Next I installed all the parts that needed to be bolted on under the hood.  Looks like everything just barely fits.  With everything in place I can now figure out what sort of fittings and lines I need to plumb the hydro steering.

Another small upgrade I did was swapping out the stock ARB air line (plastic) for some stainless steel airlines.  I picked up a kit online for roughly $50 that included the required fittings and 9 feet of airline.  My old line was still holding up after 5 years but I figured it was time to either replace it with new stuff or upgrade it, better to do it now while it was all apart than on the trail.

With the links installed and the brake lines run the rear axle was now ready to be assembled.  one thing I discovered while inspecting my 3rd member was a large crack in the 5.29 pinion.  These were Superior gears and I think they just failed from some hard usage.  I don't have money in the budget right now to replace them so I am going to use my spare 3rd member which has a set of 5.29's and a welded carrier.  Once the 3rd member was bolted down I installed some new axle seals in the housing and slid the axles in place.  I plan on buying some chromoly axles as soon as they are available to replace the stock units, Marlin Crawler is supposed to start selling them for the narrower 80-85 Toyota axle housings sometime in early 2005.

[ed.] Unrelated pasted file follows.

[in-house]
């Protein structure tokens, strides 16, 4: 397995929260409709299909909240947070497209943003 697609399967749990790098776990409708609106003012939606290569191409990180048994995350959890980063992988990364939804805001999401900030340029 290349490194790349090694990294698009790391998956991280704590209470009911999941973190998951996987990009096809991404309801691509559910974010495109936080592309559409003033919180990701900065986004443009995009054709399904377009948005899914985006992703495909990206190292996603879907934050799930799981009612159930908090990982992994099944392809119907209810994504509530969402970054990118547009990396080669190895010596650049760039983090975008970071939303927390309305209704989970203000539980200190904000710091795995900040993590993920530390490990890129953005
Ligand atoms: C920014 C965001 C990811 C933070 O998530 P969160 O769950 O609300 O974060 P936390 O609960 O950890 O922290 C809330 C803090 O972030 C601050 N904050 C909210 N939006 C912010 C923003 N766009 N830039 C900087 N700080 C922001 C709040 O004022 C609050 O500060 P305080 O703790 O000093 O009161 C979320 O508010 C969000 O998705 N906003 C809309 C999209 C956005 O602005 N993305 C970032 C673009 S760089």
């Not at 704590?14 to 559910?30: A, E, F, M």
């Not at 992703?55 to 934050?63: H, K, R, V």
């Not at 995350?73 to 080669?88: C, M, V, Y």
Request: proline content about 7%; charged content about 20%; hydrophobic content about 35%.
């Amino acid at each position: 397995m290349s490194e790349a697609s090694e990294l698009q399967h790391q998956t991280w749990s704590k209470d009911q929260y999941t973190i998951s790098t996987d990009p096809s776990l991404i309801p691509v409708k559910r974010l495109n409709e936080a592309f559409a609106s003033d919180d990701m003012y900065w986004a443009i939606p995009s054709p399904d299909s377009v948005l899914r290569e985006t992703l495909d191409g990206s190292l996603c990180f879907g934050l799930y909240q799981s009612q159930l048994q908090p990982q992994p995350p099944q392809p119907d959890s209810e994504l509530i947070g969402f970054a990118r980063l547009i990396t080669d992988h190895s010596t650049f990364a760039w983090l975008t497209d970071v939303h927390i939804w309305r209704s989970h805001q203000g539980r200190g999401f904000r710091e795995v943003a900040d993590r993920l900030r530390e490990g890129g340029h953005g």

Checker Auto

Master Cylinder #101745 (1980 Pontiac Firebird w/ 4 Wheel Disc Brakes)

Dorman #3278191 Brake Line Tube Adapter: Brass; 3/16" (3/8"-24) Female Tube Size to 5/16" (1/2"-20) Male Tube Size

Napa

#7909 Fitting for the large port on the above Master Cylinder.  This is the part number on my receipt, I can't find it in their system online. I believe the thread is 5/8"-18 to 3/8"-24.